IADA and CATA dealers and staff recently met with staff from the Illinois Attorney General's Office and the Better Business Bureau to discuss common violations of the Attorney General's motor vehicle advertising rules. Attorney General's Office staff advised that the most common violations include the following:
- Advertised Price. The Attorney General's Office reported that it has seen some dealers advertise vehicles at very low prices, but when a customer attempts to purchase one of the advertised vehicles, it turns out that the vehicle was sold several months before the advertisement was published. Advertising a vehicle price after the vehicle has been sold violates Section 475.310 of the advertising rules, which requires that purchasers should be able to obtain vehicles at the advertised price.
- Limited Rebates. Often combined with the advertised price violation discussed above, is a violation of Section 475.590 of the advertising rules, which prohibits deducting a rebate from the final price of a vehicle if the rebate is not available to all customers. Instead, a limited rebate must be separately stated. For example, a rebate that is available only to first time buyers, members of the military, or customers who finance a vehicle purchase through the manufacturer's captive finance company, that offer must be treated as a limited rebate. A limited rebate must be shown as additional savings below the advertised price and the conditions of the offer must be disclosed in the advertisement. A limited rebate cannot be deducted from the vehicle's advertised price. Although not technically a limited rebate, deducting the amount of a federal electric vehicle tax credit from the selling price of a vehicle would be considered generally deceptive under Section 2 of the Consumer Fraud and Deceptive Business Practices Act. The federal tax credit does not directly reduce the vehicle price, but is not realized until an electric vehicle purchaser files his or her federal income tax return.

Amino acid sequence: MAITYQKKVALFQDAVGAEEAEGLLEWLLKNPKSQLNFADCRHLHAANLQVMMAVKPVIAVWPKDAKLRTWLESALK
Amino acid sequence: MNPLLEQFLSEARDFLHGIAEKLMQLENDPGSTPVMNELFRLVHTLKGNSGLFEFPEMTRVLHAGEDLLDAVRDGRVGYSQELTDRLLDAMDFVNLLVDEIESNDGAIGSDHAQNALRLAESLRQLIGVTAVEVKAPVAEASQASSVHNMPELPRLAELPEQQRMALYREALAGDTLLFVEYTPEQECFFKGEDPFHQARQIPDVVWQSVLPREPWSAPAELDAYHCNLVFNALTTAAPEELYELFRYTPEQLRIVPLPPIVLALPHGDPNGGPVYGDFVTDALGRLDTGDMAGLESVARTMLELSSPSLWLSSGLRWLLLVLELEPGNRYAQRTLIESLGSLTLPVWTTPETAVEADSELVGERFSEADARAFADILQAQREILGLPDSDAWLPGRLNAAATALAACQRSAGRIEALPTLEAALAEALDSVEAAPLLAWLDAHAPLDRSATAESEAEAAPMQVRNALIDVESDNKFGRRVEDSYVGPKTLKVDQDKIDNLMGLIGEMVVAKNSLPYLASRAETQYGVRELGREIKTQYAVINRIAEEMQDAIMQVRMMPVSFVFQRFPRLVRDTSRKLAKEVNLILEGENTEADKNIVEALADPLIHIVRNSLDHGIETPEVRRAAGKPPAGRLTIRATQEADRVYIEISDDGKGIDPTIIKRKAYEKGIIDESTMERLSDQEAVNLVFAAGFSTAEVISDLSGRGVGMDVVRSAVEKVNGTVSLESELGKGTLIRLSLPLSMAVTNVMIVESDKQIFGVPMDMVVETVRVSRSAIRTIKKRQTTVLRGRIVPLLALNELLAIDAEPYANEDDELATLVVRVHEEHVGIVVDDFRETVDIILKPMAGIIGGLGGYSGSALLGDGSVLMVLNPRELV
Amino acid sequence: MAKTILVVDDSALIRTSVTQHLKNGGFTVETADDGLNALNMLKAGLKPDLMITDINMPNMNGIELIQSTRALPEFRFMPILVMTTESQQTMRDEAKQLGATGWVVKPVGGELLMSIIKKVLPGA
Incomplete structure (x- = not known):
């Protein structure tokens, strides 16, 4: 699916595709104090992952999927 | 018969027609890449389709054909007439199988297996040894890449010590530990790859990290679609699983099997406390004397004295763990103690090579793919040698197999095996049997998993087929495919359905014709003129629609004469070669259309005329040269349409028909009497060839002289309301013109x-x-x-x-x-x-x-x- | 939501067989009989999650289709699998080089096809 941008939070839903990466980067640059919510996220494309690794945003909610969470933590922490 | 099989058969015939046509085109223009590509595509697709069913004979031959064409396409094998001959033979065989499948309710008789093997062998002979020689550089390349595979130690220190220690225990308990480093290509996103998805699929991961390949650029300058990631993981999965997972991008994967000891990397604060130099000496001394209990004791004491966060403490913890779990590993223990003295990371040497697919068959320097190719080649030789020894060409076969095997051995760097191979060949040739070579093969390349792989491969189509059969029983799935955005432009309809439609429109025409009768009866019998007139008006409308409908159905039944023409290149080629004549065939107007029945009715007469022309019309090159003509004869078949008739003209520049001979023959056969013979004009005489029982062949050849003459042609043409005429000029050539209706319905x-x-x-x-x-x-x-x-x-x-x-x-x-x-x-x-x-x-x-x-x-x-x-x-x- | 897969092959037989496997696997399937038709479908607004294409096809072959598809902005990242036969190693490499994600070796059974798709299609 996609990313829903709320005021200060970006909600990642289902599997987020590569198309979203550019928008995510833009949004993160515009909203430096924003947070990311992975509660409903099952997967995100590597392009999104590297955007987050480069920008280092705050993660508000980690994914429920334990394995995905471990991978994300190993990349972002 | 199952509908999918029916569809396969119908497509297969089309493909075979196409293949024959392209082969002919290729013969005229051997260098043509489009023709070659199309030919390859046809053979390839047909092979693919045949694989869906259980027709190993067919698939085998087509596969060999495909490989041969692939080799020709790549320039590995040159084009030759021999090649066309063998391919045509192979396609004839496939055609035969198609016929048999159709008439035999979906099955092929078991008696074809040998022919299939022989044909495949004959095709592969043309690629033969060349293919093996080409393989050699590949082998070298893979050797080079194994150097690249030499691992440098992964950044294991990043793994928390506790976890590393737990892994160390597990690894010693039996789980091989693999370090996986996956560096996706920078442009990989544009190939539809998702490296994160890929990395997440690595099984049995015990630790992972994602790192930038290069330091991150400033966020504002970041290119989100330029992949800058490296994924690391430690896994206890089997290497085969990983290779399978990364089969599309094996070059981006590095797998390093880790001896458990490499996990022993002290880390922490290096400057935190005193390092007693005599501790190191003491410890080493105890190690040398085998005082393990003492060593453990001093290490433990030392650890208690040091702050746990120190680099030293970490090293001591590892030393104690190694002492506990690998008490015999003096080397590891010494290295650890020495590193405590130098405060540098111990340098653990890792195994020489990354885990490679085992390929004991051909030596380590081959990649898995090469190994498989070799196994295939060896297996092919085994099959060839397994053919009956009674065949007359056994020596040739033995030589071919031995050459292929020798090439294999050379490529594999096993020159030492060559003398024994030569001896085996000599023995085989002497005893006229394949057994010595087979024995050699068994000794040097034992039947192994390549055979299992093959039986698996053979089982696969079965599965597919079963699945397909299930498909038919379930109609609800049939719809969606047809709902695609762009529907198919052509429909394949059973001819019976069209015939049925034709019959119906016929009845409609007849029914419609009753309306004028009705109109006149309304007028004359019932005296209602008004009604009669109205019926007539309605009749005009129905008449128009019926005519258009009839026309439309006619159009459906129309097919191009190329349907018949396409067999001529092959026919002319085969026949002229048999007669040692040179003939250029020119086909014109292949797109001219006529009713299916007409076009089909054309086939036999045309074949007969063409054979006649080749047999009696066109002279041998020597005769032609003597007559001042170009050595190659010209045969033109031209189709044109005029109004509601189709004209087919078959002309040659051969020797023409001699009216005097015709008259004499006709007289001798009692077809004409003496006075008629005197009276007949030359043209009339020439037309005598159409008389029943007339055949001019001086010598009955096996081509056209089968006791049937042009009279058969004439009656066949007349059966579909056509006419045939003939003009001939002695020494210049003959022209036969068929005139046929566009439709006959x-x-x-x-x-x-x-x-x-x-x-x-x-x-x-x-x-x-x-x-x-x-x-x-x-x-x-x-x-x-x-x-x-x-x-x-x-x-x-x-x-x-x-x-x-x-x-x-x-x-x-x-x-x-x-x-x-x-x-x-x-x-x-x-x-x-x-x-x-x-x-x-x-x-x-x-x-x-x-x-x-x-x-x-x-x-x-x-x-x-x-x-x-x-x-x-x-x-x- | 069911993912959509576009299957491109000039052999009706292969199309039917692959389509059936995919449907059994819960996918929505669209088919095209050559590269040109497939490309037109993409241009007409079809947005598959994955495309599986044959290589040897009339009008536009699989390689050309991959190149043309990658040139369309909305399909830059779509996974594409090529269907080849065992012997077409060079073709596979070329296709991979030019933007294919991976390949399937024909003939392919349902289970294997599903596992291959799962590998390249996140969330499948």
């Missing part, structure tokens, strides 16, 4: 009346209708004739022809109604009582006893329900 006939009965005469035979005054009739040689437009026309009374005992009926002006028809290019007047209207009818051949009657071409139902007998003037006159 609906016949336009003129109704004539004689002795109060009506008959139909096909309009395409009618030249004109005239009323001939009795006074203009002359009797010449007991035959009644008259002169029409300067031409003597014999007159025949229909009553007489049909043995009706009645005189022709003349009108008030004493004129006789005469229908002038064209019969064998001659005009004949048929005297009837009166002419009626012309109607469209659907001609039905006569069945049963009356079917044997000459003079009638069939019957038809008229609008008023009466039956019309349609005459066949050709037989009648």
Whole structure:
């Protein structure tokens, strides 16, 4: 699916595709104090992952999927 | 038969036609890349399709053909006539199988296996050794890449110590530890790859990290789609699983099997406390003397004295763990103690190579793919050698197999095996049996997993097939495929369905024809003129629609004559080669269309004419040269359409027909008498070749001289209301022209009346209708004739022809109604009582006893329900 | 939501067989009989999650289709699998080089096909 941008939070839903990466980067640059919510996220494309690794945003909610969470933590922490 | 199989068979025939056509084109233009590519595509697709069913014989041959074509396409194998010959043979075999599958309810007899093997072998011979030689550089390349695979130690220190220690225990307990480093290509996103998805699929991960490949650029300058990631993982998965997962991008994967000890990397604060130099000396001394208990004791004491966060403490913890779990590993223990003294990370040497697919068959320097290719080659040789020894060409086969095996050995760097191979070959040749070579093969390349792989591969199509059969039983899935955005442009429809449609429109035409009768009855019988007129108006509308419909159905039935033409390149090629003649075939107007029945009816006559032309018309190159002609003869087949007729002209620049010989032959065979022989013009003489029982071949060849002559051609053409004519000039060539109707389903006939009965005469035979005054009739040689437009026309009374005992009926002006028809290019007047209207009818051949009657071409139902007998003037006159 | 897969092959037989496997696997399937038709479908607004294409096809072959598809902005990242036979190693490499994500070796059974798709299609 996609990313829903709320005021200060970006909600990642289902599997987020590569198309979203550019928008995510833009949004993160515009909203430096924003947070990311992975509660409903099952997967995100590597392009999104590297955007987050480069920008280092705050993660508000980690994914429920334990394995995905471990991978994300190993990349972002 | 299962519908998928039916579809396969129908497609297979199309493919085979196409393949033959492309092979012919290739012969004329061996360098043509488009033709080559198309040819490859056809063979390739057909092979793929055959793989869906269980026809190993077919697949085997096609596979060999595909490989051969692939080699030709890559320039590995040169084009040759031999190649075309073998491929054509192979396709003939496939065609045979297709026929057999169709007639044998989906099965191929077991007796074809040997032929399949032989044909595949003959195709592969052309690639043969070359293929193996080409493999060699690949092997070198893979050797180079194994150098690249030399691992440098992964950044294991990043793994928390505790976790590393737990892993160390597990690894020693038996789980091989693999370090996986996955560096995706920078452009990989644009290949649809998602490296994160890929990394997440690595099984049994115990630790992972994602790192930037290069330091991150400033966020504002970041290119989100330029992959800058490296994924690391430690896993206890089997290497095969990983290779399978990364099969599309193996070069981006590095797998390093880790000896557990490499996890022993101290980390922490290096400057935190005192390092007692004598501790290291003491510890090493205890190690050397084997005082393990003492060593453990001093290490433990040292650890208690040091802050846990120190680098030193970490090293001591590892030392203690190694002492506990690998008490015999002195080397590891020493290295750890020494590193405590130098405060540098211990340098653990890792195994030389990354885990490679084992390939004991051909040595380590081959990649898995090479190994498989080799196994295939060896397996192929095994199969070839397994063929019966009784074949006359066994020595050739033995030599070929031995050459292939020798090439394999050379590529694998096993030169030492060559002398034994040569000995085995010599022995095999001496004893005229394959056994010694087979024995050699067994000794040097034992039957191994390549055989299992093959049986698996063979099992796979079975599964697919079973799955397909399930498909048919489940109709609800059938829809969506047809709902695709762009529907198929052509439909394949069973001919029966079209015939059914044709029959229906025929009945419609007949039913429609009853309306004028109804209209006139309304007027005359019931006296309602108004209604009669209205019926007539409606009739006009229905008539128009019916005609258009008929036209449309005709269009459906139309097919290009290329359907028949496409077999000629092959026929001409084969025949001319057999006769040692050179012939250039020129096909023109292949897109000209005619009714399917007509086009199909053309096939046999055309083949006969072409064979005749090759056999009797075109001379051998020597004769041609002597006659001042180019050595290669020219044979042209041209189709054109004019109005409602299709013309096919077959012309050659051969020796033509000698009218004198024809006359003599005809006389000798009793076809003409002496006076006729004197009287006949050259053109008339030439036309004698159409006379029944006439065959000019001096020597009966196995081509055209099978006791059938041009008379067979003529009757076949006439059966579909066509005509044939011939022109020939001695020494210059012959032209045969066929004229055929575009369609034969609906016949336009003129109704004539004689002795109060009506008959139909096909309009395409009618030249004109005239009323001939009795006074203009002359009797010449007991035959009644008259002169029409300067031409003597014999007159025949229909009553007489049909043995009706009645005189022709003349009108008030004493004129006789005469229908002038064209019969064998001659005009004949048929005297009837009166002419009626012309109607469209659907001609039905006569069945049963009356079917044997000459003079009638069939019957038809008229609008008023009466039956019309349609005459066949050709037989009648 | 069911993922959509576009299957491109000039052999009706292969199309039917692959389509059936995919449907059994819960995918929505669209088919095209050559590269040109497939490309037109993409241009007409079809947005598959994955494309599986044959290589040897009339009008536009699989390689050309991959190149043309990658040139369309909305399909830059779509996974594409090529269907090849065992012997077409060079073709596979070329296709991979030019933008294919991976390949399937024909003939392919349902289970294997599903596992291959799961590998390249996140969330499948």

- Free Gifts and Coupons. Section 475.590 prohibits dealership offers of a free gift in connection with the sale or lease of a motor vehicle. This ban includes, but is not limited to, offering free tires or lifetime oil changes to purchasers, or offering a free third-party warranty to a vehicle customer. A free gift is permissible only if it is offered as part of a manufacturer program or a manufacturer-approved advertising association program. Section 2J.1 of the Consumer Fraud and Deceptive Business Practices Act prohibits the use of coupons in connection with the purchase of a vehicle. The Attorney General's Office advised that a new twist in free gift and coupon violations is that some dealers are using social media accounts and dealership websites to offer coupons for down payment assistance or guaranteed trade offers. Dealership advertising on social media must comply with the same rules as print, radio, and television advertising.